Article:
Adam Albrite, LMFT

Adam Albrite, LMFT

While I admit this statement is awfully trite, the business of being a therapist literally found me. I entered the university a poetry major, figuring my unorthodox ideas would make more sense on a page; ​however, life happened, as it does, pushing me out of formal schooling. With a journal, my cheap guitar, and a best friend, I spent the next three years travelling, working odd jobs, in search for the meaning of life. I eventually returned to study communication theory and Black Feminist literature. Hoping to uncloud my brow, I later wandered through the looking-glass, bypassed the Jabberwock, met Gregory Bateson, and here I am.

The mental health profession thrives when collaboration privileges our unique backgrounds, contrasting the rich differences between each of us in the therapeutic situation. Supervision is no exception. Having trained under some of the best in the field, becoming a supervisor was a natural fit. I find the experience both challenging, given the seeds of double description, and rewarding once we see the harvest on the vine.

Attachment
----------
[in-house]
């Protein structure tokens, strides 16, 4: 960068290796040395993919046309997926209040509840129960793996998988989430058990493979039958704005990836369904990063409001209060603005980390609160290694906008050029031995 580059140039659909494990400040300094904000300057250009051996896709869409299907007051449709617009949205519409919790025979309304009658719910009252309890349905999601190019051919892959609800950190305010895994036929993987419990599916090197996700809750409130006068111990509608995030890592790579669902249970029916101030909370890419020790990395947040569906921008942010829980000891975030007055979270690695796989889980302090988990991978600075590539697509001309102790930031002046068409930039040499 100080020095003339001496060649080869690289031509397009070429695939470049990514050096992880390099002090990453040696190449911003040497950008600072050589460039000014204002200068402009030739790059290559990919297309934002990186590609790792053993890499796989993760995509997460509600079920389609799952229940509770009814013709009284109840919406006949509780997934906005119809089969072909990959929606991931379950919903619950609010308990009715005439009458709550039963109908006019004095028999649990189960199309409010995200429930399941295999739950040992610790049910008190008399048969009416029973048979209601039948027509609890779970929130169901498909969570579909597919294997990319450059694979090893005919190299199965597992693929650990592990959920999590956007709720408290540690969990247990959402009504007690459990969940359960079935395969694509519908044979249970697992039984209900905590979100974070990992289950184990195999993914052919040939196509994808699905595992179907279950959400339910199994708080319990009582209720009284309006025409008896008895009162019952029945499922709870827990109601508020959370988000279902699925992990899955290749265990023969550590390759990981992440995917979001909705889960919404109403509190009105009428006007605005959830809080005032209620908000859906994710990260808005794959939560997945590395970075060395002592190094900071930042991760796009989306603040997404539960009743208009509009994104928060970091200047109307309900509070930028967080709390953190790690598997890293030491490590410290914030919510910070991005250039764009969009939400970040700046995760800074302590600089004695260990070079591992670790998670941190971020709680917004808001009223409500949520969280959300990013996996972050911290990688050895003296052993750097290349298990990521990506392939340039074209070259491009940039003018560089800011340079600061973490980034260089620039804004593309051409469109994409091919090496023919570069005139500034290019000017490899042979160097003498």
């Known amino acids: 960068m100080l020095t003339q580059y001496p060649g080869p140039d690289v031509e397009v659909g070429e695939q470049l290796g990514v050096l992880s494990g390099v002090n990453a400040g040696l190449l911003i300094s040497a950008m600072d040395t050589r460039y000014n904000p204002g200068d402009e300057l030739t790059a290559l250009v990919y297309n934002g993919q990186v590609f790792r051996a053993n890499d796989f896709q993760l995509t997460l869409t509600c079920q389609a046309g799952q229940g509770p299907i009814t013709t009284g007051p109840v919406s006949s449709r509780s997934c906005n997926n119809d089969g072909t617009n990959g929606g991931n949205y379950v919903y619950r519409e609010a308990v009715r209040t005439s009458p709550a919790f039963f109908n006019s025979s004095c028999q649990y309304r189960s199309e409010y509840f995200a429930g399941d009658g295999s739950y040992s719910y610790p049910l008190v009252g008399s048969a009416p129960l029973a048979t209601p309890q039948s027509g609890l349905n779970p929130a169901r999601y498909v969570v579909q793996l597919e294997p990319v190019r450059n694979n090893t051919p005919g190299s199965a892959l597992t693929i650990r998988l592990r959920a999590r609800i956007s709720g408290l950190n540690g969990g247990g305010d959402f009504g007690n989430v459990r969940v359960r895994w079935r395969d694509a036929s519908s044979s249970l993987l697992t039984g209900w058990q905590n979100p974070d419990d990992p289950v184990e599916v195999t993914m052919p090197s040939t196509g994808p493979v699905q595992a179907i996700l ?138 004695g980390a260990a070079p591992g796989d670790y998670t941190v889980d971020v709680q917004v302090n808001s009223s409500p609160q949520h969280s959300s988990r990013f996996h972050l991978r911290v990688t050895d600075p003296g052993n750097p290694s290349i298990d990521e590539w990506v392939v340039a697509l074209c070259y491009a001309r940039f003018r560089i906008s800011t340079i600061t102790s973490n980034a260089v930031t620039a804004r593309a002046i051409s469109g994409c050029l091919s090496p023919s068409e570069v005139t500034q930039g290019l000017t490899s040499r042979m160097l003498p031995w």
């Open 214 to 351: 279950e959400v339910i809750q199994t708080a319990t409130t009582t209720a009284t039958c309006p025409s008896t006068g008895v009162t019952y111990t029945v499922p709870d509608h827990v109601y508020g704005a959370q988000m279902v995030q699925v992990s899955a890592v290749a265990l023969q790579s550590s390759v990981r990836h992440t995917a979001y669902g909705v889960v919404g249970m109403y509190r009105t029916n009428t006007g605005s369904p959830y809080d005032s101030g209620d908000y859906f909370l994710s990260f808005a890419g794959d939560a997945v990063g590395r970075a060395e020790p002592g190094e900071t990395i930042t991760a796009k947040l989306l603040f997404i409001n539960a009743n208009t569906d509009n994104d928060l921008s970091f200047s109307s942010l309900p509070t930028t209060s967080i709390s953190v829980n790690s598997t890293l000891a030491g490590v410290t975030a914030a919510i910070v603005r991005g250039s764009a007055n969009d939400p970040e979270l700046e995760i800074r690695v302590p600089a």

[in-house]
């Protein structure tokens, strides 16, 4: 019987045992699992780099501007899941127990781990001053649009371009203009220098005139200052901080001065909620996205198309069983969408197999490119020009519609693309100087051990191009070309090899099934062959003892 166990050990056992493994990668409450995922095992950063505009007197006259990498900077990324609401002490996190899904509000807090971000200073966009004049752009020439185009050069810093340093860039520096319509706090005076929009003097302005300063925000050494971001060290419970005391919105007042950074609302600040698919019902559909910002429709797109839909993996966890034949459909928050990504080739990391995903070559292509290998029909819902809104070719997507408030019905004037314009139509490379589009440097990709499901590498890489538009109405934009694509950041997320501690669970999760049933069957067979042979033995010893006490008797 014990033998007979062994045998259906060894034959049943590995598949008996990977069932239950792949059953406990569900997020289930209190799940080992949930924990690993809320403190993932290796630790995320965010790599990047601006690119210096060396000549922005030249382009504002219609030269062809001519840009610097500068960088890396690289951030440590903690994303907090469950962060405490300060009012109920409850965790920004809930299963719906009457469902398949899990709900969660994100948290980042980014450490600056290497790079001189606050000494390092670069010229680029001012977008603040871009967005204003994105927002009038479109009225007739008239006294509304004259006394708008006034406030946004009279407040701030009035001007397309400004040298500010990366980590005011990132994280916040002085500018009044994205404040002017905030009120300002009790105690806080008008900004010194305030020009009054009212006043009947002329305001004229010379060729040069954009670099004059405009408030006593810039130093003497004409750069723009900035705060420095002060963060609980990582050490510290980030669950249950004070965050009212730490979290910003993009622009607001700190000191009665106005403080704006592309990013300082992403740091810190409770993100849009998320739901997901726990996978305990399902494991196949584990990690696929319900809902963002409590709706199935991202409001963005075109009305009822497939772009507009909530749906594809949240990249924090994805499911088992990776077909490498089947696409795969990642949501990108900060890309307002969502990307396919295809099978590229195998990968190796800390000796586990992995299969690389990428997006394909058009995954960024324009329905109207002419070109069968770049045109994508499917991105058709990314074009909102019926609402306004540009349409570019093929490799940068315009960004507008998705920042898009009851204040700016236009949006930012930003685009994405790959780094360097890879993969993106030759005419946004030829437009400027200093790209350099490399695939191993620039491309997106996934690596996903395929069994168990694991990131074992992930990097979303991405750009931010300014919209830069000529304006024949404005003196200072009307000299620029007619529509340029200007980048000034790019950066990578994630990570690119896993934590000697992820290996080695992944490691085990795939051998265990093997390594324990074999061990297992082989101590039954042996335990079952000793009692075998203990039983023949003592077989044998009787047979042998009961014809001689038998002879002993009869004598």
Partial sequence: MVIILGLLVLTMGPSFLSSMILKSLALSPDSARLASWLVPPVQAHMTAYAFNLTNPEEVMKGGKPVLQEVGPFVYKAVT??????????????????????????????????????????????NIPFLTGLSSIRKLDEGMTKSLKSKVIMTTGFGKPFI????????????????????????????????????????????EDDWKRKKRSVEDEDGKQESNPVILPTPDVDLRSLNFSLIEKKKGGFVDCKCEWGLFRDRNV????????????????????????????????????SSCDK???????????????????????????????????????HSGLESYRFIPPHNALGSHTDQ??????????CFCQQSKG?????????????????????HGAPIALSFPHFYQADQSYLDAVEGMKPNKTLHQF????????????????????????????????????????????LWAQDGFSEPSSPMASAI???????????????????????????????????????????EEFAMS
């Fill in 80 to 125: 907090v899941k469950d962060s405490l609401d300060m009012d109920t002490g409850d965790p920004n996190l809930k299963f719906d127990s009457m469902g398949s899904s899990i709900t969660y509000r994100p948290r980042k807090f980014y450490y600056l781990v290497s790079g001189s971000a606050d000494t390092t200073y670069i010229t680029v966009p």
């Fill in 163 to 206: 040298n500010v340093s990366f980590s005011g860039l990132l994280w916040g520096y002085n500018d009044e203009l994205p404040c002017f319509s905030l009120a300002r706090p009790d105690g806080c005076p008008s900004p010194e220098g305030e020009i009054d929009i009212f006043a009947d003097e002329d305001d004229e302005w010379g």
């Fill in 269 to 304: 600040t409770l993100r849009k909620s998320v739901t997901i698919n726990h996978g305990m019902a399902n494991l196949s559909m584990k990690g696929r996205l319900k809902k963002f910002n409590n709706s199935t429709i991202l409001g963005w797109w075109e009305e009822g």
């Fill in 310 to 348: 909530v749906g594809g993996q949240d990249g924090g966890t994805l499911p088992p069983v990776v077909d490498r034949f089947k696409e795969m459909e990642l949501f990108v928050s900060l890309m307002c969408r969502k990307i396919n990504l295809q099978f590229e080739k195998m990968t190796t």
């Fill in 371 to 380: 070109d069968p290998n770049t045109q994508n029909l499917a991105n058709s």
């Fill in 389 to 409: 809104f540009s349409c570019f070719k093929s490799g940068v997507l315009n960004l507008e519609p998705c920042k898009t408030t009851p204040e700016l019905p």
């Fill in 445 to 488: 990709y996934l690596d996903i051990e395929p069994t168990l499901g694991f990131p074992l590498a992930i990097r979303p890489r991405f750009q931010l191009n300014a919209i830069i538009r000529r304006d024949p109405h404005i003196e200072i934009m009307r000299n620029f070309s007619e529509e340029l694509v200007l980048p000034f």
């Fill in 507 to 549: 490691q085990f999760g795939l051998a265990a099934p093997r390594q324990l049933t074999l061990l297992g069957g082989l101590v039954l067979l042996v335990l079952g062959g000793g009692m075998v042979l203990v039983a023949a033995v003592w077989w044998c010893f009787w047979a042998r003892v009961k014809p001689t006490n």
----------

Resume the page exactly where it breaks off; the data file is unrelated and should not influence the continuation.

With a humble heart, I challenge new clinicians to transform the following three aphorisms into habitual practice: 1) Foster patience, 2) Read often, and 3) Be kind to yourself. Achieving a healthy relationship with your professional identity is nurtured by remembering a rather important clue—you already have much of what you really need to be an excellent therapist. Now it’s a matter of tapping into that and setting it free.

"The family is changing not disappearing. We have to broaden our understanding of it, look for the new metaphors." – Mary Catherine Bateson

Type: LMFT
State: Georgia
Number:  MFT001562
Year of Licensure: 2017

AAMFT Approved Supervisor


  • Valdosta State University: MS
  • University of Louisiana: Ph.D. Candidate
    • Gender Health and Wellness
    • Work-Life Harmony
    • Grief and Loss
    • Trauma
    • Anxiety
    • Men's Issues
    • Person-of-the-Therapist
    • Reflecting Teams
    • Developing Affirming Practice


      • Ericksonian Brief 
      • Symbolic-Experiential
      • Narrative